The 1929 Athletics (part 1)

 Reading the A's trivia post inspired me to write about the 1929 Philadelphia Athletics. The A's won the World Series in 1929 against the Cubs, the 1930 WS against the Cardinals, and lost the '31 Series to the Cards. The Yankees won the WS in '27, '28 and '32. There was quite an A's/Yankees rivalry even back then. Even then there must have been A's fans who hated the Yankees.


This '29 A's team was one of the greatest teams in history. I don't know about all of you, but if I got into time machine and went the '29 World Series I would have no trouble deciding who to root for. Those guys were my A's too. It doesn't concern me too much where their home field is. I wanted to recap 2 awesome games from this magical world series. Game 1 is part 1...

In August of 1929 the A's were in a pennant race, but Connie Mack, the A's manager for 50 years!, called Howard Ehmke into his office to tell him he was being released. According to "Baseball's 50 Greatest Games" by Bert Sugar, Howard said, "Mr Mack, I've never been on a pennant winner before, give me one more chance. There's one good game left in this arm." Amazingly Connie Mack, didn't release Ehmke, but sort of demoted him to scout. He didn't get to go on the last road trip, instead was sent to scout the Cubs against the Dodgers and Giants. When the WS was set to start, Connie Mack said, "Which game do you want to pitch?" Ehmke's answer, "The first one."

The A's had 2 aces that year, Lefty Grove and Moose Earnshaw. Grove (20-6 2.81 ERA) was a flamethrower and a certified badass, who led the league in strikeouts 7 times and ERA 9 times. Earnshaw was no slouch either in 1929 (24-8 3.29).

But Mack surprised everyone by starting soft-tossing Howard Ehmke, who'd only ever led the league in 2 categories, hit batters and earned runs allowed. Reportedly Ehmke was lanky and threw sidearm with a lot of offspeed stuff. I imagine someone who looked and pitched something like Brad Ziegler. While scouting the Cubs, Ehmke himself decided how he would attack the aggressive Cubs lineup. Ehmke's start for game 1 was a surprise even to the A's players. From the book "Chicago in the World Series" by Bruce Alan Rubenstein comes this dialog between manager Connie Mack and the A's star Al Simmons:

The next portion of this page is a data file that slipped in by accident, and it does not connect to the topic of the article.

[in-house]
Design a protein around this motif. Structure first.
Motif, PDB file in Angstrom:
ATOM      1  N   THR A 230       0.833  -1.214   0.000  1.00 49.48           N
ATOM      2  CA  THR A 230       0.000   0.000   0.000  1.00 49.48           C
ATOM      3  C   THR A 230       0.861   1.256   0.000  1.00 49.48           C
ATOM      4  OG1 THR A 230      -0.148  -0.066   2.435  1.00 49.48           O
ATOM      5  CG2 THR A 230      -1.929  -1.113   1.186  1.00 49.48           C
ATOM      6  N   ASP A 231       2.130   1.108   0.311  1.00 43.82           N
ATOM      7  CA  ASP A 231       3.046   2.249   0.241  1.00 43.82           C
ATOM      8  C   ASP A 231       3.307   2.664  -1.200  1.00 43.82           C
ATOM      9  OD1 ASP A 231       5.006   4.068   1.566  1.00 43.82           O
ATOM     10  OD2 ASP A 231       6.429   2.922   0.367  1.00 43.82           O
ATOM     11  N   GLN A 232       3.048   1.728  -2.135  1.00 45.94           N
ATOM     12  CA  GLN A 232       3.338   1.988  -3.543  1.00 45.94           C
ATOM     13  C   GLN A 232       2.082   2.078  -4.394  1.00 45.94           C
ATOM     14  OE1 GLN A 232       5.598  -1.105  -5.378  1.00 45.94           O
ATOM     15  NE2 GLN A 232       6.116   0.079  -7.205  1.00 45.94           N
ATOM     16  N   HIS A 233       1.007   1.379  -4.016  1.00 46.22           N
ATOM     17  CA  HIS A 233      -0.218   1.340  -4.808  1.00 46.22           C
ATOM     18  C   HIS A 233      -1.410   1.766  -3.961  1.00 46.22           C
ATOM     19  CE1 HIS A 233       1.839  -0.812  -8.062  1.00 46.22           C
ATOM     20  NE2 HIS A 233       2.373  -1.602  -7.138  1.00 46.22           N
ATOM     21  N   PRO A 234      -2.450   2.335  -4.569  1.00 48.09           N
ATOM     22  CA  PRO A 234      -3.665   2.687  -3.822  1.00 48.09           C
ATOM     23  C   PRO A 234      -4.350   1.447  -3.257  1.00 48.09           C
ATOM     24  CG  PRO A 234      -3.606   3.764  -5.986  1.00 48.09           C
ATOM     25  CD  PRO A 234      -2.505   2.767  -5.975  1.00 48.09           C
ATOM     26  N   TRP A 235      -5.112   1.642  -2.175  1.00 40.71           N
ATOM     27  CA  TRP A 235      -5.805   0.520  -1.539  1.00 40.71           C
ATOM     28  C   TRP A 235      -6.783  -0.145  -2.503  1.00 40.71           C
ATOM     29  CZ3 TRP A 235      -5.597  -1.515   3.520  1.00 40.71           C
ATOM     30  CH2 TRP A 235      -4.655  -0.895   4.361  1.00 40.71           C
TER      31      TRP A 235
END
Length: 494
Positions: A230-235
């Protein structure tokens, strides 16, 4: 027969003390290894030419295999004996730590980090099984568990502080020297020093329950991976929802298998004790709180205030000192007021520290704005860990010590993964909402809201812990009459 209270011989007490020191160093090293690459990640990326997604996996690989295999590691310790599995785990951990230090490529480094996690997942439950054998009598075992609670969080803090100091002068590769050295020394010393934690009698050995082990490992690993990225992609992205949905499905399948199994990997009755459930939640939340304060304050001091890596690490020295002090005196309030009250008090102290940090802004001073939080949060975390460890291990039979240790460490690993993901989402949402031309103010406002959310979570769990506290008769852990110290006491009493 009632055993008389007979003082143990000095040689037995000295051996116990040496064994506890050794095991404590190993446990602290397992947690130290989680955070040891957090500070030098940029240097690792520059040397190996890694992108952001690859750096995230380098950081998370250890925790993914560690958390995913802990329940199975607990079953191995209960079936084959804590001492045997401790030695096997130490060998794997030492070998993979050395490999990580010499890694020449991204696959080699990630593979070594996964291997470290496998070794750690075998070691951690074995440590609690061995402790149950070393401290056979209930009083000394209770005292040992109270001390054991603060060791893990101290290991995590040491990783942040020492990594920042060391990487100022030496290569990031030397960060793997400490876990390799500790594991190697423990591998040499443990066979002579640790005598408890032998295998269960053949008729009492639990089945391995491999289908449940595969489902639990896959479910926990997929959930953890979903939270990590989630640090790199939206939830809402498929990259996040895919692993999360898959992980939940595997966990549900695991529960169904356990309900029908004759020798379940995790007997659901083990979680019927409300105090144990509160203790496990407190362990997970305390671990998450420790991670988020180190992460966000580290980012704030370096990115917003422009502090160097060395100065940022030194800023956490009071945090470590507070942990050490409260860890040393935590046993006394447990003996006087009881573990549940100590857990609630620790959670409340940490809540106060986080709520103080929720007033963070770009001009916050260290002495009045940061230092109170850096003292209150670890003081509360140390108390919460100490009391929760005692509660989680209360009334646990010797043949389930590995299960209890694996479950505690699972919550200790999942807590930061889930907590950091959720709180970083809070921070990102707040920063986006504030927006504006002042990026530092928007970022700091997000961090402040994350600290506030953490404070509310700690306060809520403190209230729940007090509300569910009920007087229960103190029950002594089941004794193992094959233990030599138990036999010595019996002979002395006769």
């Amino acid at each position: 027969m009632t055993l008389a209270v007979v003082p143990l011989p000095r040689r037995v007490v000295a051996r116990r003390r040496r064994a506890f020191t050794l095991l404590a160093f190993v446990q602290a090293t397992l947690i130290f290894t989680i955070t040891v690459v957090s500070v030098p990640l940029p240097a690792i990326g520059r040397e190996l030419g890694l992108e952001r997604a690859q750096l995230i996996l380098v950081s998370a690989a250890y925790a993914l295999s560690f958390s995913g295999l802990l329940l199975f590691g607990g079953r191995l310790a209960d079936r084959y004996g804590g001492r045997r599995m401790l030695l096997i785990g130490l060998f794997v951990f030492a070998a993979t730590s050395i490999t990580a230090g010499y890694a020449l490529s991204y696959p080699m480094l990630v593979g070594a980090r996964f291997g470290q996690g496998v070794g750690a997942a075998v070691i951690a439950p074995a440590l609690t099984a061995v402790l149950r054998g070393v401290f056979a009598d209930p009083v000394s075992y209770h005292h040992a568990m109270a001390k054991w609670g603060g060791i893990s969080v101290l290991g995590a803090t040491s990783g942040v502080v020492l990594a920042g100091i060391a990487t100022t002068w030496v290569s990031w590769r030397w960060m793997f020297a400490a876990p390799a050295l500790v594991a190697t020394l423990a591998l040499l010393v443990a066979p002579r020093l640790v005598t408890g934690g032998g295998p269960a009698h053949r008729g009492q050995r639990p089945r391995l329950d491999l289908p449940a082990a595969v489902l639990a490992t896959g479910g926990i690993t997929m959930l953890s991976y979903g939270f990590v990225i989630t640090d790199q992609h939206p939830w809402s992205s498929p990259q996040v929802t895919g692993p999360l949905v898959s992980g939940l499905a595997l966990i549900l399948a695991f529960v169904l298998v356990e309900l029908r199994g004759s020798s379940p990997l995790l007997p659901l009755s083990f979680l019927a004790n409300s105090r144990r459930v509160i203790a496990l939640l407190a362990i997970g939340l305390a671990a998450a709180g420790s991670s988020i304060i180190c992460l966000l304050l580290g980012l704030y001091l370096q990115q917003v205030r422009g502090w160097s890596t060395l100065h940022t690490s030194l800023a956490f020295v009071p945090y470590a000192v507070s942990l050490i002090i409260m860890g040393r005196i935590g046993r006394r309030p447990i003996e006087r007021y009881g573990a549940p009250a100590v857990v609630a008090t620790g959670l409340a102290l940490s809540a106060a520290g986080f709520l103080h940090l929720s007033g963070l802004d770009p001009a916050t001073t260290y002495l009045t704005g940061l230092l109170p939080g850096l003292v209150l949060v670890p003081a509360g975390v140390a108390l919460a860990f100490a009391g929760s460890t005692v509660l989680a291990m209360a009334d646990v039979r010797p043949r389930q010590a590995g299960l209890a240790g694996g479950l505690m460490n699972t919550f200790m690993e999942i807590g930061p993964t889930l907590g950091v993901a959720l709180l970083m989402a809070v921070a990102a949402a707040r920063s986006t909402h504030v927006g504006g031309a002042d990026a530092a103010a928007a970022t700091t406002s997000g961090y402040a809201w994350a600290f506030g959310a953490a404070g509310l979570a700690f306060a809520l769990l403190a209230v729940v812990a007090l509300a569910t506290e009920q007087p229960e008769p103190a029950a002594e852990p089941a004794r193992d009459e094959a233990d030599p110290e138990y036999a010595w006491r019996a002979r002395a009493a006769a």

As Ehmke warmed up along the sidelines, the Athletics players gawked and muttered bitterly. Finally Al Simmons strode to Mack and asked in a tone of outrage: "Is that fella gonna pitch for us?

Mack stared at his star outfielder and replied softly: "Why yes, he is. Isn't it all right with you, Al?"

Simmons thought and said: "Well, by God if it's all right with you, Mr. Mack, it's all right with me."

For six innings, the 50,740 fans jammed into Wrigley under an overcast and threatening sky witnessed one of the greatest and most unlikely pitching duels in Series history, Howard Ehmke vs Charlie Root.

As the game went on the Cubs batter who before the contest were eager to face the injury plagued Ehmke, grew frustrated with their futility. When Hack Wilson stomped back to the dugout in the sixth becoming the fifth straight strikeout victim a teammate asked what Ehmke was throwing, "Looks to me like a bean bag" said a disgusted Wilson. (A whole post could be devoted to the crazy dimensions and demeanor of this guy, Hack Wilson)

Rogers Hornsby said, "Ehmke had us crazy with that slow motion and slow hook. I never saw a pitcher with such perfect control."

Legendary sports writer Grantland Rice wrote about Ehmke, "The long, lazy right arm of Howard Ehmke sounded the drum beat of woe to fifty one thousand Chicago rooters this afternoon as it fell across the backs of the Cubs like a whip."

In Game 1 of the '29 World Series, Howard Ehmke pitched the game of his life, a complete game with 13 strikeouts, and won 3-1. It was the last major league win of his career. Go A's.

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